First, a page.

CHICAGO (Reuters) - Johnson & Johnson, the U.S. drugmaker forced to recall children’s Tylenol and other over-the-counter pediatric medicines, has been sued in federal court here by consumers unhappy with the company’s plan to offer coupons or replacement products to those who bought the affected drugs.
In five complaints filed this week in U.S. District Court for Northern Illinois, six consumers accuse J&J of fraud and racketeering for not recalling all of its children’s drugs and for not offering consumers an opportunity to fully recover their out-of-pocket payments.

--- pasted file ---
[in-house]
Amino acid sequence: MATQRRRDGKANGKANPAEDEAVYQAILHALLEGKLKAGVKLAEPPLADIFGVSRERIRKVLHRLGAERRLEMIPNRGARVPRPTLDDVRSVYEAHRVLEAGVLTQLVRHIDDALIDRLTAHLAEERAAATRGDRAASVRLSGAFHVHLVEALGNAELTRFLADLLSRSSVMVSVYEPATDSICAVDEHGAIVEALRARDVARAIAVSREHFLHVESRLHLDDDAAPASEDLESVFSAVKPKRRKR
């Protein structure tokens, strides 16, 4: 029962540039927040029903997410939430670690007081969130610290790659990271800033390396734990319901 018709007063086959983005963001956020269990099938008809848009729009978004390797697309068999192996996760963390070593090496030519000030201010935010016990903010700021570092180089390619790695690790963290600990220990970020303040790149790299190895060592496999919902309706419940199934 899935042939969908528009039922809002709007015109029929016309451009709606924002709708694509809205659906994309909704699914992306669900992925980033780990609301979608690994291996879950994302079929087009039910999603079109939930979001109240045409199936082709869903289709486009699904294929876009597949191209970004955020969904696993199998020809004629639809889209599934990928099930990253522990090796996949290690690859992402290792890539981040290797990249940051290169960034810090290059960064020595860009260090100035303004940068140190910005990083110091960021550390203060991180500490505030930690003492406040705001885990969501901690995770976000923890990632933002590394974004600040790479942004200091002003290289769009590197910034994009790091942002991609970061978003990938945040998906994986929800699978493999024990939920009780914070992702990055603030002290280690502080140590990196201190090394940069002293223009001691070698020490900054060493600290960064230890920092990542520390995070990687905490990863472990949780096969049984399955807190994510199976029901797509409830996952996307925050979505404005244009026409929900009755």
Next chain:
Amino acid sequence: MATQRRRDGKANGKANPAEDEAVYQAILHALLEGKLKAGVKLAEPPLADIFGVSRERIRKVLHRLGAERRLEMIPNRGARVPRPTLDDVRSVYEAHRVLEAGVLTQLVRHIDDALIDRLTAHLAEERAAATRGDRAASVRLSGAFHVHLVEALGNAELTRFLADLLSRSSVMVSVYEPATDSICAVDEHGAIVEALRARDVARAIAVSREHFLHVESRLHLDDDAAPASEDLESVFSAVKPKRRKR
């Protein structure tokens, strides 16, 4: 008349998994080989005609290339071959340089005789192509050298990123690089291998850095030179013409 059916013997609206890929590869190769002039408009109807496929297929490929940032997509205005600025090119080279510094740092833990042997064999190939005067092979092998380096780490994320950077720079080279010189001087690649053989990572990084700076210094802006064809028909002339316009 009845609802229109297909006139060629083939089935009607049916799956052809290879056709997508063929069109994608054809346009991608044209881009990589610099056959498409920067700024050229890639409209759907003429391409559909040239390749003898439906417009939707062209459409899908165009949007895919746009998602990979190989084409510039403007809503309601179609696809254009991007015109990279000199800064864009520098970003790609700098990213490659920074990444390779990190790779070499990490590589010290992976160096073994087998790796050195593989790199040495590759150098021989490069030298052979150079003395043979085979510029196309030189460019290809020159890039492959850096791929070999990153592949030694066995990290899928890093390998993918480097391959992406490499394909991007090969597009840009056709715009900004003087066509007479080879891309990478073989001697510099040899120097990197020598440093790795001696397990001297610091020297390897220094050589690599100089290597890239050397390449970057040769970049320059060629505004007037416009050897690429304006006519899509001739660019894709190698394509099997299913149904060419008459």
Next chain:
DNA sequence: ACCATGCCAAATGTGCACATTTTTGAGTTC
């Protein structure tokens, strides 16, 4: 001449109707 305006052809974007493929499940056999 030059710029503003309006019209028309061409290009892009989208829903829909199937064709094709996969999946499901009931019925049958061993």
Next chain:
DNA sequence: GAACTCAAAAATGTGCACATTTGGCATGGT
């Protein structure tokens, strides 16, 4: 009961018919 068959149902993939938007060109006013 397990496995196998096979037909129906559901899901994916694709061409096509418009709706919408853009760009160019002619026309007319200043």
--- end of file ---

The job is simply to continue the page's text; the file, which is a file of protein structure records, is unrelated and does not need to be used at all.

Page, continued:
The suits, all filed against J&J’s McNeil Consumer Healthcare unit, seek class-action status.
J&J took more than 40 nonprescription products off store shelves in late April, including Children’s Tylenol, in what the Food and Drug Administration has characterized as the largest recall of children’s medicine in the agency’s history.
The recalls came after FDA inspectors found multiple problems at the company’s Fort Washington, Pennsylvania, plant, including bacterial contamination of ingredients and filthy equipment.
The inspectors also found that some medications made at the plant were overly concentrated and had, in the words of congressional staffers, “the potential to be superpotent.”
The case numbers are 10cv4252 through 10cv4256.
Reporting by James B. Kelleher, editing by Vicki Allen
Our Standards: The Thomson Reuters Trust Principles.